Creative Diagnostics - Food & Feed Analysis



Most often, meat refers to skeletal muscle and associated fat and other tissues, but it may also describe other edible tissues such as offal. Most of the meat we consume in North America is animals’ muscle tissue. Muscle tissue is very high in protein, containing all of the essential amino acids, and in most cases is a good source of zinc, vitamin B12, selenium, phosphorus, niacin, vitamin B6, choline, riboflavin and iron. People currently eat about 200 pounds of meat per person per year in the U.S. (not including marine life).

Our large portfolio of different test formats can be used to analyze your products as follows:
Raw meat (beef, pork, poultry)
Sausages, ham, edible tissues
Control matrices (e.g. hair) and many others


Animals raised for meat - including cows, pigs and chickens - are vaccinated with antibiotics (e.g. chloramphenicol, ceftiofur and cephapirin) when they're sick to fight bacterial infections. But at the same time, federal law also regulates the safety of antibiotics on the market and the timing of dosages to make sure residues do not linger in your steak, pork chops or chicken. With our testing kits manufacturers will know if the antibiotics level of their products is under control. Read more

Anticoccidial drug

Coccidiosis is a severe disease and is important from an economic point of view in poultry industry. There are two main control measures, one of which is the use of anticoccidial drugs for both prophylaxis and treatment. To protect consumers’ health and avoid recalls, all poultry products should be tested for anticoccidial drug residues before selling. Read more

Hormones and anabolics

The use of hormonal active growth promoters (hormones, e.g. clenbuterol, ractopamine and salbutamol) in farm animals can increase the production of veal and beef significantly up to 15%. However, the regulation regarding the use of such hormones differs sharply across the world. In the EU there exists a total ban on such use. Whereas the use of some hormones in the USA is authorized under strict conditions. Manufacturers will check these analytes to meet local regulations before exporting. Read more

Food pathogens

Factory-farmed meat in particular contains a great amount of salmonella, E.coli and other types of bacteria or parasite, which are often antibiotic-resistant. Processed meats may also contain deadly listeria bacteria. Contaminated meat may pose a risk to human health. Read more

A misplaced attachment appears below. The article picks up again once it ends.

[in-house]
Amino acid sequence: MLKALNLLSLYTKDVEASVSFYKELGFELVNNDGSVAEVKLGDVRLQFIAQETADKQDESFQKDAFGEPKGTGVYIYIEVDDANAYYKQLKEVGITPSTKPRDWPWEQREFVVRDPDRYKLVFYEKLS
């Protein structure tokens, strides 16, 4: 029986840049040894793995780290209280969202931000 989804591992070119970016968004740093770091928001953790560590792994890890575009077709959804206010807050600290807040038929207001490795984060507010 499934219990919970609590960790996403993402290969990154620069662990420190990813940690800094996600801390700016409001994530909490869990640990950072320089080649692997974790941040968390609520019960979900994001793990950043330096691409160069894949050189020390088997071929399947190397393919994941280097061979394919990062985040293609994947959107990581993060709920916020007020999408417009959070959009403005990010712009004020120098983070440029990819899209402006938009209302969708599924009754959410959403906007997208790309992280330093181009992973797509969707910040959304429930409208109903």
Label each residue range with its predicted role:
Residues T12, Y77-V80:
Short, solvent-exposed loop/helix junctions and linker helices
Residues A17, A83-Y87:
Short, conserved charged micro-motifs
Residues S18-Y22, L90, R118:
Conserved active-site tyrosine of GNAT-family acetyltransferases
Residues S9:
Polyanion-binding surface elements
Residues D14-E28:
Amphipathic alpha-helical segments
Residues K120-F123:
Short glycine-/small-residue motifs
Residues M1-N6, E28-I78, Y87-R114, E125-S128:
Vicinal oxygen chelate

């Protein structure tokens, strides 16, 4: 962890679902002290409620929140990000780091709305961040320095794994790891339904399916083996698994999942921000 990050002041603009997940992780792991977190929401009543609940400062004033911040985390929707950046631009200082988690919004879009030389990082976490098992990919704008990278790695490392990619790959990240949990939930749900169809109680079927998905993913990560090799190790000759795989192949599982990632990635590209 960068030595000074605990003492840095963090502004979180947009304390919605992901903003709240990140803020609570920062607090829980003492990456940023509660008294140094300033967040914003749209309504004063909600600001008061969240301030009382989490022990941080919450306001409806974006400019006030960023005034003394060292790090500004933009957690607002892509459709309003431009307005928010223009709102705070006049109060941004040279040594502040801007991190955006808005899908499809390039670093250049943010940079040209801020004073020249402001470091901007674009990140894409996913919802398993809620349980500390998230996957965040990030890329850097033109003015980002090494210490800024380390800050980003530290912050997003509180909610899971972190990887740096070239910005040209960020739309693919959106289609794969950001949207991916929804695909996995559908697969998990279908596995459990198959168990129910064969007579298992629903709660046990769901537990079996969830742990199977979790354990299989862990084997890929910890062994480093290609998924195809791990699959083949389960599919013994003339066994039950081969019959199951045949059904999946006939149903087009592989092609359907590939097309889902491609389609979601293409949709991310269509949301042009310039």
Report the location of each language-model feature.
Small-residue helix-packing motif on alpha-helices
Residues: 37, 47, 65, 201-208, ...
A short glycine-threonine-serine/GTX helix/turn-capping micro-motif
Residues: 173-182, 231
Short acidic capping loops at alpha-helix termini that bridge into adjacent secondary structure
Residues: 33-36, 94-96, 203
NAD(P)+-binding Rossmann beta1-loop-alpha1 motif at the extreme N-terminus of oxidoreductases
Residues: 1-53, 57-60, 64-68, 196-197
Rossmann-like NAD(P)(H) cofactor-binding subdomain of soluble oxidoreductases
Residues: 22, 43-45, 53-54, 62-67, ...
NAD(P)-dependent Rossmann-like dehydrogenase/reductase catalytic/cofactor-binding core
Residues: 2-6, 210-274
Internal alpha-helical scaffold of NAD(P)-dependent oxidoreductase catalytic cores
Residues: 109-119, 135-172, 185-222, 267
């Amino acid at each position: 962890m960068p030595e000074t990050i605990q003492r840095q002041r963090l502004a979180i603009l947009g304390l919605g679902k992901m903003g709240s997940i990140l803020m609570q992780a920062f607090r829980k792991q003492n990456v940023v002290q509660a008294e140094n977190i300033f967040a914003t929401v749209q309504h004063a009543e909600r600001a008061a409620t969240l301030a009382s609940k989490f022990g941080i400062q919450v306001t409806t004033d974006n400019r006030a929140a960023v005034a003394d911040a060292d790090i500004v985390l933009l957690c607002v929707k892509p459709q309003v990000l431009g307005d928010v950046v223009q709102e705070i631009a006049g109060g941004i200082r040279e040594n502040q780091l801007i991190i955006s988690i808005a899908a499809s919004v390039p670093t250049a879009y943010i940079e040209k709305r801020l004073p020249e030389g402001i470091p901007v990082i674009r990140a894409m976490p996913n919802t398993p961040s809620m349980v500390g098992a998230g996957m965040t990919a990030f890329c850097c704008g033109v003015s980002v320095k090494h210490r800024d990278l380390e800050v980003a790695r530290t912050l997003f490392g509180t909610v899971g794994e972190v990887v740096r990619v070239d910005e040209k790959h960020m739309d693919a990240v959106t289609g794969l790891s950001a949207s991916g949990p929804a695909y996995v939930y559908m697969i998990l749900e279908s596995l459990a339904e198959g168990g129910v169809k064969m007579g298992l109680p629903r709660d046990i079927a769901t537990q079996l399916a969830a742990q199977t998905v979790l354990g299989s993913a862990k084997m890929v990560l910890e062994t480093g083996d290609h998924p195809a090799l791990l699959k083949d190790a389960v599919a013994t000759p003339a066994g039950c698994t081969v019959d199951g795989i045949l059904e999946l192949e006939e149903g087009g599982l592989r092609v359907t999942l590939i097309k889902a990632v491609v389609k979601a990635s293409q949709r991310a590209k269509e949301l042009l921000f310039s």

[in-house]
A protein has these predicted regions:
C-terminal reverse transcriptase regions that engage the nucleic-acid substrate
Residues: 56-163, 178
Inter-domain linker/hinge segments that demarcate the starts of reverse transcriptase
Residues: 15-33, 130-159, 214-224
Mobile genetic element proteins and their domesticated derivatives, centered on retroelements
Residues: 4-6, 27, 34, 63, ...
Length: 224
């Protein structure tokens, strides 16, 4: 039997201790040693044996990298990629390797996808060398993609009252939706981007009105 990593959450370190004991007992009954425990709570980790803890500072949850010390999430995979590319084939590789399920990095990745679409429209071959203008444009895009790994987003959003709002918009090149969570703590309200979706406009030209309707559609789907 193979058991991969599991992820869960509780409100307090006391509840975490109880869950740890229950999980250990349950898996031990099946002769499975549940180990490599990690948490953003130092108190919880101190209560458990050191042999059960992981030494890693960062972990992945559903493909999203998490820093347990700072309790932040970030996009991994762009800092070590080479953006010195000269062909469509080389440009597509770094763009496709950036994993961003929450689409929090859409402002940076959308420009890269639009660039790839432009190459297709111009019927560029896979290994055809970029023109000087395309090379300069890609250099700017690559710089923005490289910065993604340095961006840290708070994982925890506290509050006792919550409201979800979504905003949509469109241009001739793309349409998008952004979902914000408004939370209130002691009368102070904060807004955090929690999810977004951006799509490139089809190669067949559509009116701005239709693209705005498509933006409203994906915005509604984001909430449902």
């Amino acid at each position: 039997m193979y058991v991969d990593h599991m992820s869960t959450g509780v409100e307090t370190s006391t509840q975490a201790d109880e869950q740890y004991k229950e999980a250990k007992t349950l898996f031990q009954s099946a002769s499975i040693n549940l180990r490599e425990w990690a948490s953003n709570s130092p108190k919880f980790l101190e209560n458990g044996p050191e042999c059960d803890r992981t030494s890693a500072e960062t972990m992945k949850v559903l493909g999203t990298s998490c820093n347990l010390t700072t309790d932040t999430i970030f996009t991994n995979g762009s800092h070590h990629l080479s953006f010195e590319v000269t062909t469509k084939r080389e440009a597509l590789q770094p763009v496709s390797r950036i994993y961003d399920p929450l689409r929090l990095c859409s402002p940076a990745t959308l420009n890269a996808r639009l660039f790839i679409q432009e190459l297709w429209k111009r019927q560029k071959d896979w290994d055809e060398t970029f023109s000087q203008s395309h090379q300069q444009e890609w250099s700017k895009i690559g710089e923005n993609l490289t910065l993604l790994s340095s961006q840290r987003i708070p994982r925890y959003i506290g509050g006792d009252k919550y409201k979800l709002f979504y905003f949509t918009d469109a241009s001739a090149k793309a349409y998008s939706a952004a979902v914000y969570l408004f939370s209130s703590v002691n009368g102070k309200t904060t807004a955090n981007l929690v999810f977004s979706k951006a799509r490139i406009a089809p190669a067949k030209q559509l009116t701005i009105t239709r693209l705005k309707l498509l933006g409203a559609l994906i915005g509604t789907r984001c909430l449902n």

Some fungal species can produce mycotoxins in dry-cured meats, such as aflatoxins and ochratoxins, which, when ingested, can produce carcinogenic and mutagenic effects on humans. Contamination of these products can occur at different points of the production chain, from the field (animal contaminated with feed) to the production or storage of the final product. Read more


Spice blends used to produce sausages or other meat products may contain celery, gluten, mustard, nuts, milk or other ingredients that may cause allergies or intolerance. In addition to ingredients, unintended contamination during storage and production is also very common. For these reasons, meat products should be tested to protect consumers from allergy. Read more

Why choose us?

Creative Diagnostics is a leading provider of testing kits for the global food industry. With our test kits, you can implement a comprehensive food safety and quality strategy and comply with local, national and international regulations. Our experts have deep expertise in commodities and product development. Our testing kits can be applied from the raw materials to the final products throughout the entire production chain. With high sensitivity, all of our kits are easy and ready to use.

We will offer you:
A wide range of testing kits to meet your needs
Cost-effective testing kits to reduce your expenses
Highly sensitive and ready to use testing kits to simplify your works
100% accurate data from our testing kits to protect your business

If you have any questions, please feel free to contact us at any time, we’ll reach you within 12 hours.


1. Stephany R W. Hormones in meat: different approaches in the EU and in the USA. Apmis Supplementum. 2001, 109(103):S357.
2. Pizzolato F M, et al. Mycotoxins in dry-cured meats: A review. Food & Chemical Toxicology. 2017, 111.

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